Twitter Accelerates User Growth amid Pandemic, Unrest
Twitter showed strong gains in its user base with more people turning to the short-message social network during the pandemic and civil unrest, according to a quarterly update Thursday that offered positive signs despite a big drop in ad revenues.
The short-message social network reported a net loss of $1.2 billion in the quarter, most of that coming from setting aside funds for income taxes.
Revenue slumped 19 percent from a year ago to $683 million. Despite some modest rebound from the pandemic-induced economic slump, Twitter said that "many brands slowed or paused spend in reaction to U.S. civil unrest" in May and June.
Twitter said ad revenue declined 15 percent over the last three weeks of June, but appeared to have rebounded since then.
A key metric for Twitter, the number of "monetizable" daily active users, hit 186 million in the second quarter for a jump of 34 percent from last year.
Chief executive Jack Dorsey said the user gains showed "the highest quarterly year-over-year growth rate we've delivered" using this measure.
"People continue to come to Twitter to learn about and participate in conversations focused on systemic racism, Black Lives Matters, COVID-19 and the reopening and reclosing of economies all around the world," Dorsey told analysts on a conference call.
Twitter shares rallied more than three percent in early Wall Street trading.
- Recovering from hack -
The earnings report comes a week after Twitter suffered a hack that affected high-profile accounts and raised fears about security of the service which has become a key element of political conversation.
Dorsey apologized for the incident and added that Twitter "moved quickly to address what happened," and had taken additional steps "to improve resiliency."
Twitter acknowledged late Wednesday that in 36 of the 130 accounts that were compromised, hackers were able to access direct messages intended to be private, adding to the severity of the incident.
Those affected included one unidentified elected official in the Netherlands.
"We are actively working on communicating directly with the account-holders that were impacted," Twitter said on its security blog.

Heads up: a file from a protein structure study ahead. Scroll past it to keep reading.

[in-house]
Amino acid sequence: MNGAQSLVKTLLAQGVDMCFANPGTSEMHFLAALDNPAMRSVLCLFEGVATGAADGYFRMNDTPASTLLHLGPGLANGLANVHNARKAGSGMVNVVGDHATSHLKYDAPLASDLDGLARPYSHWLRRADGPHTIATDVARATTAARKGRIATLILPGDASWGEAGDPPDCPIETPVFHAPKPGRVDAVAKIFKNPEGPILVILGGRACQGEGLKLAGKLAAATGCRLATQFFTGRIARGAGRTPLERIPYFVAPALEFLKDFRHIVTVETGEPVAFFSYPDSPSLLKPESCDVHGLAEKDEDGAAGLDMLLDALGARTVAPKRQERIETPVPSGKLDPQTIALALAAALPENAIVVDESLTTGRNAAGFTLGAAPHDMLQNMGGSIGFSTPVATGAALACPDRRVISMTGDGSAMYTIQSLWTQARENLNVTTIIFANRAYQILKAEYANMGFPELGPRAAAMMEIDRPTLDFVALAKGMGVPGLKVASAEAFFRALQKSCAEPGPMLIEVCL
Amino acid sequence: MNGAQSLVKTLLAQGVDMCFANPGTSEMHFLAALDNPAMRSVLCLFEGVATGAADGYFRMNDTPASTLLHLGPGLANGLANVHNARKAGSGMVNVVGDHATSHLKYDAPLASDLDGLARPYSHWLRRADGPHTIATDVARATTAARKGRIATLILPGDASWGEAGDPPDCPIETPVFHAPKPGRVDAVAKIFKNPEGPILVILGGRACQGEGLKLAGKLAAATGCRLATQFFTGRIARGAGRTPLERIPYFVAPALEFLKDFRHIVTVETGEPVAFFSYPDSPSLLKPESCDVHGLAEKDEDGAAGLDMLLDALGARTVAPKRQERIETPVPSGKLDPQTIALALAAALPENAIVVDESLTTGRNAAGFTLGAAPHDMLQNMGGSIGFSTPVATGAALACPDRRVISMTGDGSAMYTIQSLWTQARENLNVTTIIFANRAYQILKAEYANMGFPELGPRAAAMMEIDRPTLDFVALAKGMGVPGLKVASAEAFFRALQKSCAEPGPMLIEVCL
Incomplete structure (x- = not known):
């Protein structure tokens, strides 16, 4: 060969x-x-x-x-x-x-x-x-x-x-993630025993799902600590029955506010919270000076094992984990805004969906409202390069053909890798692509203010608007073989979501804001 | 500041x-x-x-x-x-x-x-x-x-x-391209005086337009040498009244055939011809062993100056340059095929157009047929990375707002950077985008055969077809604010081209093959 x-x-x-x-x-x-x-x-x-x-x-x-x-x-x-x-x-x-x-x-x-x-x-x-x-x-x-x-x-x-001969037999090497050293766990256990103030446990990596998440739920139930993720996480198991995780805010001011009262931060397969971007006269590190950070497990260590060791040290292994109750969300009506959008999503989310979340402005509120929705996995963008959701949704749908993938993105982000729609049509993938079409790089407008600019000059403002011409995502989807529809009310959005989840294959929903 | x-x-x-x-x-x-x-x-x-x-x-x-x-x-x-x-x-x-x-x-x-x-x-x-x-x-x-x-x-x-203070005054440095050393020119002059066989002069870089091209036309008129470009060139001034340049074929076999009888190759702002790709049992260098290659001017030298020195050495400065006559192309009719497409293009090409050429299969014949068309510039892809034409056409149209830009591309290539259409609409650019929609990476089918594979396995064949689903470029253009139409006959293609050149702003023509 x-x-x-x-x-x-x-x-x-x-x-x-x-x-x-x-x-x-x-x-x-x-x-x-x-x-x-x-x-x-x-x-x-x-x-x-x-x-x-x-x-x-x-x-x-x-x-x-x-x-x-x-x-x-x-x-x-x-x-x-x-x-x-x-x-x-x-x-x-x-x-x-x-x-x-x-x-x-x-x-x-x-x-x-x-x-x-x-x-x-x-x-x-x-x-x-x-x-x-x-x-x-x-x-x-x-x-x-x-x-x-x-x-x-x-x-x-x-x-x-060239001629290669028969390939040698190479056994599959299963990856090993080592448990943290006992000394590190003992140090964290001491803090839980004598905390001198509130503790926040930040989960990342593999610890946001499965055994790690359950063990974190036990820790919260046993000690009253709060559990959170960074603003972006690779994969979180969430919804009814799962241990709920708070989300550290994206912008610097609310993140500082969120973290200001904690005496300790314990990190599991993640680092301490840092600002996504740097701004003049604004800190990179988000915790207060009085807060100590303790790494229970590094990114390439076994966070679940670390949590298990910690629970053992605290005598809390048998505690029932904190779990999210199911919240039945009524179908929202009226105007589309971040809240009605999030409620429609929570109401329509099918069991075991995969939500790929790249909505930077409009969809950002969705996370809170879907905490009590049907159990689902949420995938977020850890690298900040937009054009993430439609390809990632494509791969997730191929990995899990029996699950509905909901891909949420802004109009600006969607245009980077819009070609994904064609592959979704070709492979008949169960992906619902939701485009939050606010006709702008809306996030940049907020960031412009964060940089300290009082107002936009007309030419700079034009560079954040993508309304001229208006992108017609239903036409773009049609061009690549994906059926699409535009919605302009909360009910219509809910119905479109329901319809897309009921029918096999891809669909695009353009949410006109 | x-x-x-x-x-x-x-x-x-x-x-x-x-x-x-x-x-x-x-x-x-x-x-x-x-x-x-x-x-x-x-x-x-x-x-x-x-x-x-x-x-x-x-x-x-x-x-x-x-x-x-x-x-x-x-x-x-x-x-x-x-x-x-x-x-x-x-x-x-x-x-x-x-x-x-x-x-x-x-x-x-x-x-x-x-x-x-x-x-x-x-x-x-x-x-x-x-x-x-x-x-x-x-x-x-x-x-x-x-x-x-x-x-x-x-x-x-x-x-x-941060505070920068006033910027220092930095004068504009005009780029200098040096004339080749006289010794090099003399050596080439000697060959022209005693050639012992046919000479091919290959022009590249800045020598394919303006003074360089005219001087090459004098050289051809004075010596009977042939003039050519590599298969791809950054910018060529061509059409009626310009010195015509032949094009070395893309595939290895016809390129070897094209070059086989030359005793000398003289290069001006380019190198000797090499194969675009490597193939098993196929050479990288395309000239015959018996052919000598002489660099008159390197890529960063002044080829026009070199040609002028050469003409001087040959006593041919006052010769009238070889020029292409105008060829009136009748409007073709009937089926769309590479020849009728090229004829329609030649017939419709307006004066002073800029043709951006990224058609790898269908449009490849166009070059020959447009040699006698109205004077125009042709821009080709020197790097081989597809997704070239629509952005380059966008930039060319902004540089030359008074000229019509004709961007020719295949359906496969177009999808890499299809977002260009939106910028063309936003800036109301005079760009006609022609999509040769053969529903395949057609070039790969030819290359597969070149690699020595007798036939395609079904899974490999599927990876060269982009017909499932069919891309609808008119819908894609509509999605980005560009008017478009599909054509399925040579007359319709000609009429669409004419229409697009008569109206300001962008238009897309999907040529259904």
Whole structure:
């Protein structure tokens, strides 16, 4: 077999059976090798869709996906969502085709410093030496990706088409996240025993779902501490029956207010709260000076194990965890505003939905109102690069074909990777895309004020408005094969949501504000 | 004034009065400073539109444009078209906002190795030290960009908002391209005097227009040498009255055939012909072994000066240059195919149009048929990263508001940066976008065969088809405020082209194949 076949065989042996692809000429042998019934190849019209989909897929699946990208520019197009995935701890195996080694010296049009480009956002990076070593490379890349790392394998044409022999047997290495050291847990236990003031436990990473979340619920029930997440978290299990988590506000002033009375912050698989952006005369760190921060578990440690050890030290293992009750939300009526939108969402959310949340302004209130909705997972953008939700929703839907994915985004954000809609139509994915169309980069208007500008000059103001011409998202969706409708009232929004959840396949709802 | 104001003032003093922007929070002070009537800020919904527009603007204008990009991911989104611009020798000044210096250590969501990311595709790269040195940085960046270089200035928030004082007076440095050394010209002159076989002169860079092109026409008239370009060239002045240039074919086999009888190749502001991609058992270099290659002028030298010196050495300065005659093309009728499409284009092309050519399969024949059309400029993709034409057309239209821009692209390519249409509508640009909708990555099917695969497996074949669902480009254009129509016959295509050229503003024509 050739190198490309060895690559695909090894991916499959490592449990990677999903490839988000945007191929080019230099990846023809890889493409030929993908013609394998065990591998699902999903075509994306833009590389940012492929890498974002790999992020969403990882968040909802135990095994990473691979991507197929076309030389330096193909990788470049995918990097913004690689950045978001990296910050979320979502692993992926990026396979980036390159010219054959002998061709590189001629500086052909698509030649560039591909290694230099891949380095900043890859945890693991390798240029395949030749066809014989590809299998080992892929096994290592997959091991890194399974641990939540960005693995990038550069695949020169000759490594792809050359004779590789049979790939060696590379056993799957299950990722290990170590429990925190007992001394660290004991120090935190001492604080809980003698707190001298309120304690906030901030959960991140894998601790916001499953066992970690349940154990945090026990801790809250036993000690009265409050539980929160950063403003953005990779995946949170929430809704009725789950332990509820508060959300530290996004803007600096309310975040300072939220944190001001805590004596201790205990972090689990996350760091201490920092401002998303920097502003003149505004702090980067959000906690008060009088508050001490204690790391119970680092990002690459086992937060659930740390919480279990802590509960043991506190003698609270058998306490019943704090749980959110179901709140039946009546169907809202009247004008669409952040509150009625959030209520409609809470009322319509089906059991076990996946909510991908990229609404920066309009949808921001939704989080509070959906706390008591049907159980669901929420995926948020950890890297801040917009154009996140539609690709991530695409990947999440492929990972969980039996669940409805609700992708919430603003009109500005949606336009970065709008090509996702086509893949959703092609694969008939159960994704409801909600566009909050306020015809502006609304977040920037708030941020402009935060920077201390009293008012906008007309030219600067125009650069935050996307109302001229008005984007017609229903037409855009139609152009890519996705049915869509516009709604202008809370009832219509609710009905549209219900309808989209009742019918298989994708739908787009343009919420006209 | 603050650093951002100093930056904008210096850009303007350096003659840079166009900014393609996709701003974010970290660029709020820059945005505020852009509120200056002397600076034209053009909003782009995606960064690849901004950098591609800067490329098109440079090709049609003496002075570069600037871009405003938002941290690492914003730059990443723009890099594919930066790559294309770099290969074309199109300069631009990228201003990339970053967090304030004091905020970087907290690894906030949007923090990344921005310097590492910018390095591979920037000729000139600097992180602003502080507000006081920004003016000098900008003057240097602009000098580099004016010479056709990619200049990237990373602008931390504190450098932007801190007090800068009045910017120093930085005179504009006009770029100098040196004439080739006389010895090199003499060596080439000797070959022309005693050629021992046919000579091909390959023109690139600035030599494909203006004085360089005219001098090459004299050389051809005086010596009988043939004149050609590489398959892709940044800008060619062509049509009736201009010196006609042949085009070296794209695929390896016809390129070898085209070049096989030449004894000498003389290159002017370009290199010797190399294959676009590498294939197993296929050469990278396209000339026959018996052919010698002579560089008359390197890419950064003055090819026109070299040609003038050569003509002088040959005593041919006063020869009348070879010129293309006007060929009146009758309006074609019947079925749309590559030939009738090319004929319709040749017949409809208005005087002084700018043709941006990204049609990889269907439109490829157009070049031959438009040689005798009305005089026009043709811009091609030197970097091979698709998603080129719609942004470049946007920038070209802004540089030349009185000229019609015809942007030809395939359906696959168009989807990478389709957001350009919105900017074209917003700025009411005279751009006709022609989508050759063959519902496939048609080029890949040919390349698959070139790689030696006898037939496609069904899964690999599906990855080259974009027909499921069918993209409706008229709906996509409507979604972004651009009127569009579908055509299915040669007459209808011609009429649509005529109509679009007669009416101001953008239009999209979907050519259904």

The bitcoin-scam hack affected high-profile users including Joe Biden, Elon Musk, Bill Gates, Barack Obama and others.
Dorsey said of the incident: "We understand our responsibilities and are committed to earning the trust of all of our stakeholders with our every action, including how we address this security issue."
Twitter, an important tool used by President Donald Trump, is seen by some analysts as an important element in news and political discussion, a key to its growth.
- Helped by Facebook boycott? -
Dorsey said the boycott of Facebook by brands concerned about "hateful" content could end up benefiting Twitter, which has long focused on what he calls the "health" of the platform, including efforts to curb misinformation and incendiary content.
"We are showing our commitment of service to the public conversation by our actions, and advertisers are definitely taking note," Dorsey told analysts.
"We are hearing this resonate and people are taking note of our difference ... We are going to continue to focus on taking the actions that we believe is important to maintain health, and we hope that others follow as well."
The research firm eMarketer said its estimate of Twitter's user base, using a different method than the company, shows the number of users will grow to some 305 million this year.
In the past quarter, "Twitter's user growth accelerated in Q2 as housebound consumers continued to use the platform to follow news about the coronavirus and other current events," said eMarketer analyst Jasmine Enberg.
Dorsey meanwhile confirmed reports that Twitter is looking at a subscription option but said that this would likely be "complementary" to the existing service.
He said Twitter was "in the very early phases of exploring" a new offering and that some tests are likely this year, while adding that "we have a really high bar for when we would ask consumers to pay for aspects of Twitter."